Alzheimer’s disease is a form of dementia that affects thinking, memory, and behavior, with symptoms becoming severe enough to affect the individual’s ability to engage in daily tasks. There are three distinct stages of Alzheimer’s:

  • Early Stage

Lasts 2 to 4 years with the individual being very independent and requiring minimal supervision or external care which the family can provide. Typically, most individuals perform activities of daily living, but they may forget some common routines/schedules or words. They, therefore, need assistance through strategies that will help them maintain their independence.

  • Middle Stage

This stage spreads through a period of 2 to 10 years. The patient’s memory is greatly affected as they might not recognize familiar faces or places. Behavior changes are also evident as they might be erratic and overly aggressive. Physically, difficulties in coordination and movements begin to appear. Structured care is necessary to minimize Alzheimer’s symptoms, such as anxiety and stress.

  • Late Stage

During this stage, lasting 1 to 3 years, patients are extremely confused about current and previous events. Processing information is non-existent and verbal communication becomes very difficult. Unpredictable behavior patterns could often result in hallucinations and deliriums.

Related Article: Home Care Services: Dementia Care

Caring for a loved one with Alzheimer’s can be challenging as patients with Alzheimer’s have unique care needs. Depending on the stage they are in and other factors, care options vary from nursing homes, assisted living facilities, and home care. Those that opt for home care through a professional caregiver benefit from care focused on both situations and individuals. 

Benefits of Home Care for Alzheimer’s Patients

  • Closely Monitoring Symptoms

As Alzheimer’s progresses, symptoms get worse with the individual’s age, making daily living difficult. The presence of caregivers at home reduces hospital readmission through monitoring symptoms and communicating them with healthcare experts. As such, they can readjust the care plan to accommodate changing or new symptoms.

  • Monitoring Behavioral Changes

Alzheimer’s patients develop significant behavioral changes, such as irritability, aggression, and erraticism. Some of these changes could result in depression or stress, making their daily lives difficult. Professional caregivers keep track of these changes and develop strategies that keep the patient stable and calm hence encouraging positive behavior.

  • Personalized Care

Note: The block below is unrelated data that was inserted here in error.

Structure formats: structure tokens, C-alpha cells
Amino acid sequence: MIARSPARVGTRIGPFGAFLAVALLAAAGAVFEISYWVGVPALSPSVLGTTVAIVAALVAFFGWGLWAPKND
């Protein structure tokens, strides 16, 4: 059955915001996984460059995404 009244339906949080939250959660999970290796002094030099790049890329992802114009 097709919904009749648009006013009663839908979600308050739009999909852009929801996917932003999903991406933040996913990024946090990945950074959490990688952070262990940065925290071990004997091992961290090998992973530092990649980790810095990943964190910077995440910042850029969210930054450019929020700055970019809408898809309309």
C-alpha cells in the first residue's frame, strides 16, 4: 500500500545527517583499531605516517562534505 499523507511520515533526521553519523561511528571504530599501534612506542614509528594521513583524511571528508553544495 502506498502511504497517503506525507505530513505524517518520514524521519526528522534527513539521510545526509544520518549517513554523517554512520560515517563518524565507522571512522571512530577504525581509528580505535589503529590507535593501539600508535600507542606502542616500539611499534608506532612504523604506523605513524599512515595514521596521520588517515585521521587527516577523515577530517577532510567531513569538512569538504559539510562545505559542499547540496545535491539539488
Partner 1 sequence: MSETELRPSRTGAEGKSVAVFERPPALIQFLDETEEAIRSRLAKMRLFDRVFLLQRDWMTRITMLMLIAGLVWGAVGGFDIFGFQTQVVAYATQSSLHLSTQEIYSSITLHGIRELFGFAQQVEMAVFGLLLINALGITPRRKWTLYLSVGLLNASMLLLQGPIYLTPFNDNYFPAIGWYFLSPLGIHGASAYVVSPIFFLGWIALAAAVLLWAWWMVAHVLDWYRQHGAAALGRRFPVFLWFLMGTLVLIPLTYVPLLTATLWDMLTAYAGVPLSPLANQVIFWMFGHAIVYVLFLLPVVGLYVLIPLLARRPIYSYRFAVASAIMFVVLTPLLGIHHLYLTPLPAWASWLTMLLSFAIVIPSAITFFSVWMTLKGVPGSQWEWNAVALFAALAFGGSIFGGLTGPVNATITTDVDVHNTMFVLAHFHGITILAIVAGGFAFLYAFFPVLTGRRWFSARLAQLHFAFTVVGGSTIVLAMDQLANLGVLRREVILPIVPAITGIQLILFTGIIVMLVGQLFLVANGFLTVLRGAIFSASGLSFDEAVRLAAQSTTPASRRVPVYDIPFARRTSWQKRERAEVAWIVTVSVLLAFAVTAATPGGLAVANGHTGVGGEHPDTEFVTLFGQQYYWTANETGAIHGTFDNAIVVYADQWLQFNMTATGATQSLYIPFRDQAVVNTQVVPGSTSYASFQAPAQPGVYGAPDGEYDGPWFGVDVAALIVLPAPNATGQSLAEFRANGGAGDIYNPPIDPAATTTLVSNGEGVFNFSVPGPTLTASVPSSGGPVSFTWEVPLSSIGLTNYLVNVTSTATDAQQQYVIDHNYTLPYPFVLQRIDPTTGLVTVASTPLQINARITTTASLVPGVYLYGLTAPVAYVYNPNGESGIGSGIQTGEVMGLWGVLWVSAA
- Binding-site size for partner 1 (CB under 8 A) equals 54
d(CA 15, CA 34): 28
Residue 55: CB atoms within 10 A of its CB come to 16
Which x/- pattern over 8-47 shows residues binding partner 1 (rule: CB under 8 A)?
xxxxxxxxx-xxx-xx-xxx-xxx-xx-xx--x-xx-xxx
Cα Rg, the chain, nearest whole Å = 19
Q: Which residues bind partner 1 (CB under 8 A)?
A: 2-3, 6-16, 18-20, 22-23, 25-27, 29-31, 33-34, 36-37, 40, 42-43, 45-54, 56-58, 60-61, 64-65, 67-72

Before a patient is assigned a caregiver from a professional home care agency, a specialized case manager evaluates the patient. The purpose of this evaluation is to assess the patient’s needs for a personalized care plan. Care plans are also updated to meet the changing needs of the patient.

  • Physical Therapy Support

Even for patients with cognitive conditions, physical activity is necessary for their daily activities. For Alzheimer’s patients, physical movement and coordination could affect their physical ability increasing their risk of developing complicated health issues. Using a physical therapist plan, caregivers help and support patients with their exercises and physical therapy activities.  

  • Proper Nutrition

Following and maintaining proper nutrition can be difficult for Alzheimer’s as they could confuse the various nutrition choices or entirely forget to eat. Professional caregivers will assist in planning and preparing healthy meals that meet the client’s nutritional needs. Proper nutrition will develop a strong immune system while preventing any weight-related health issues.

  • Respite for Family Caregivers

Primary family caregivers also need a break from care giving. A professional caregiver will assist and check in on the patient while you attend to your personal needs. Primary caregivers can handle other activities, knowing that their loved one is under the care of a professional who understands Alzheimer’s disease.

  • Provide Palliative Care

Alzheimer’s disease has no available cure; however, there are treatments for some of the symptoms. The nursing services provided by a caregiver ensure that patients receive prescribed medication on time. Caregivers closely monitor the patient’s response to the medication and inform healthcare practitioners of any decline signs.

  • Care in a Familiar Environment

Providing care at home maintains the patient’s familiarity with their environment. Following the care plan, caregivers create routines and schedules that become ingrained in the patient’s long-term memory. A familiar environment also offers the patient and their family peace of mind and security.

  • Assistance in Home Care Activities/Tasks

Symptoms of Alzheimer’s disease make it difficult for individuals to maintain a clean and safe environment. Unable to carry out ADLs, personal care, grooming, and laundry, patients require caregivers’ assistance.  

  • Create a Comfortable Environment

Comfort within the home is important for Alzheimer’s patients as it lowers the chances of stress caused by an unfamiliar environment’s discomfort. Caregivers regularly make necessary changes to improve the patient’s comfort at home.

  • Companionship

Social anxiety fear in an Alzheimer’s patient can result in isolation and withdrawal. Home caregivers ease such symptoms by providing tranquility and companionship. Their presence offers conversations and company, which help patients maintain a social life.  

Opted for home care for a loved one diagnosed with Alzheimer’s disease? Professionally trained and experienced caregivers at Immaculate Home Care Services are ready and available to provide 24/7 care. Give us a call or email us today!

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